I just don't think so. I can't accept that. I'm almost thirty years old. If I haven't established even a seedling of a relationship with my relatives at this point, and what's more, if my relatives haven't even tried to establish one with me, I don't know why I should pretend they are my intimates and pull them into a ceremony where I frankly don't want them. If I were having the 200-person wedding that I thought I was going to have, that isn't so much about the intimacy, but is more about fulfilling family obligations, then I'd sigh and put them on the list and just ignore them all night. But that's no longer the case. My sweetheart and I are making one kind of affair, and we don't want to cater to family obligations to do it, especially not with family who doesn't know us, who doesn't seem to care for us, whom we don't know.

It was ludicrous for me to hope that my mother would understand what I was saying, would remember the apathy and thoughtlessness in our family, and see my perspective. I wasn't hoping that she would get it, I knew she wouldn't. Yet, I am still disappointed that she doesn't. It's clear to me now that if I do choose only to invite certain members of my family, that my mother would hang me out to dry, not help or support me at all, and perhaps even join other members of the family in their pain and judgement.

Today, after many tears and a night of puffy-faced sleep, I am flirting heavily with the idea of crossing them all off the list and having a reception in my family's hometown that is just for family. Something low tech, wherein honey and I fill the trunk with catered barbecue (some stereotypes are based in truth) and drive down for a few hours, and we smile and let my family ignore us, because that is by and large what happened the last time my family got together. Only my grandmother from this side would attend the actual ceremony, but everyone else would get a family reception. After all, this is the dynamic wherein everybody is happiest, so why not give the people what they want.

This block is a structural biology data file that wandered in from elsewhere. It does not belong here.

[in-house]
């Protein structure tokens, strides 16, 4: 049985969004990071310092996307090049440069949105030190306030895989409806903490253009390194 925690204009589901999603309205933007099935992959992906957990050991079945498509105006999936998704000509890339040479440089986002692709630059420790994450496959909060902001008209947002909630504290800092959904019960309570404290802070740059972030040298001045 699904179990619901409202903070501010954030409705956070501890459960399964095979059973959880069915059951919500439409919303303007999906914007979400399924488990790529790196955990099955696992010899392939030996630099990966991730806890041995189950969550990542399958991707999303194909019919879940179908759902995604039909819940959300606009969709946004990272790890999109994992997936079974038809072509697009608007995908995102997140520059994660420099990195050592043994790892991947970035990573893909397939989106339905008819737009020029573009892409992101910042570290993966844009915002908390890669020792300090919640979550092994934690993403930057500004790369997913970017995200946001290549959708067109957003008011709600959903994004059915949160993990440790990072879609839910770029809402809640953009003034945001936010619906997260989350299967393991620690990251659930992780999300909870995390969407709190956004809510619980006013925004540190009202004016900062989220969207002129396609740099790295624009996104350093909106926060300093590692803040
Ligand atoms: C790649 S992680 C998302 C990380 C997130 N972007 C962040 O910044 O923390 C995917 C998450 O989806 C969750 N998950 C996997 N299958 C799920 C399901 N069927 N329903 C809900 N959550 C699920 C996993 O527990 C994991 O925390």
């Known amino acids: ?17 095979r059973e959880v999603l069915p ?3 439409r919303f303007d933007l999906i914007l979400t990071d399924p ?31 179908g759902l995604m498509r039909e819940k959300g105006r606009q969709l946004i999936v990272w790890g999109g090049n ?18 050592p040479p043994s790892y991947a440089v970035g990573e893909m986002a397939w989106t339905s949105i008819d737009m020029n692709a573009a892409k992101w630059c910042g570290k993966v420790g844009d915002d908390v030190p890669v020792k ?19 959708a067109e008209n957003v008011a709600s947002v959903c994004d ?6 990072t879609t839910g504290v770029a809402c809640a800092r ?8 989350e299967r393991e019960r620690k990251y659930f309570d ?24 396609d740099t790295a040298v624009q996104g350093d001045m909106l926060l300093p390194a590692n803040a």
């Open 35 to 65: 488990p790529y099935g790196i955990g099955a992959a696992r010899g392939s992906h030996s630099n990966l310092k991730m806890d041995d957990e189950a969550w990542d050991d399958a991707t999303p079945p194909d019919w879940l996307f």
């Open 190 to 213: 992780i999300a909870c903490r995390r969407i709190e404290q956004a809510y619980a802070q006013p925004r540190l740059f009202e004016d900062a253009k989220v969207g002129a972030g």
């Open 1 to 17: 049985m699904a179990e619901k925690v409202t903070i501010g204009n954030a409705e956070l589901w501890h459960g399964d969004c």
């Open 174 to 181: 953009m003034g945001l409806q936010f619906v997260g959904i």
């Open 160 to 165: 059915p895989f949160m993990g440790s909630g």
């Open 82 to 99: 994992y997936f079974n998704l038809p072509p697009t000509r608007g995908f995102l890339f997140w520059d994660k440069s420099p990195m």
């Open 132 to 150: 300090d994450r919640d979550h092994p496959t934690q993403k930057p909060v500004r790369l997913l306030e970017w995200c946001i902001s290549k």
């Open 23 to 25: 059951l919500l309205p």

I'm having a really hard time with this. I do not want to make my wedding with the man that I love into something other than what I want it to be. I do not want to surround myself with people I barely know, who care so little for me "because I should." I am sad that acknowledging the truth will hurt other people so much, but I resent to high heaven that this is a bad, or wrong, or inappropriate choice.

If you disagree with what I'm saying, convince me. I can't afford to feed my family and the friends I want around me, but if you can convince me I should, I'll find a way. But I need a better reason than, "invite your family because they're your family." I've had it up to here with that shit.

But if you can say anything that will encourage me at all, or give me perspective I lack, now is the time. Speak up.

And just so you don't say I never gave you nothin, a picture of the two of us, all squinty eyed, on a friend's sailboat, and one of the favorite headshots he took that I'm using.






5 comments:

PrincessMax said...

Gorgeous headshot. Just the right amount of mischief and pretty.

Do the hometown thing. Kag's BBQ, which is right there, is phenomenal.

I'll go with you and say Hi to my grandma while we're there. We'll let your family ignore me, too. Because how much more fun will it be to add a white girl to the mix.

ABG said...

Gorgeous photo.

And wowser. I'm with R. The hometown BBQ seems like the best of both worlds in some ways.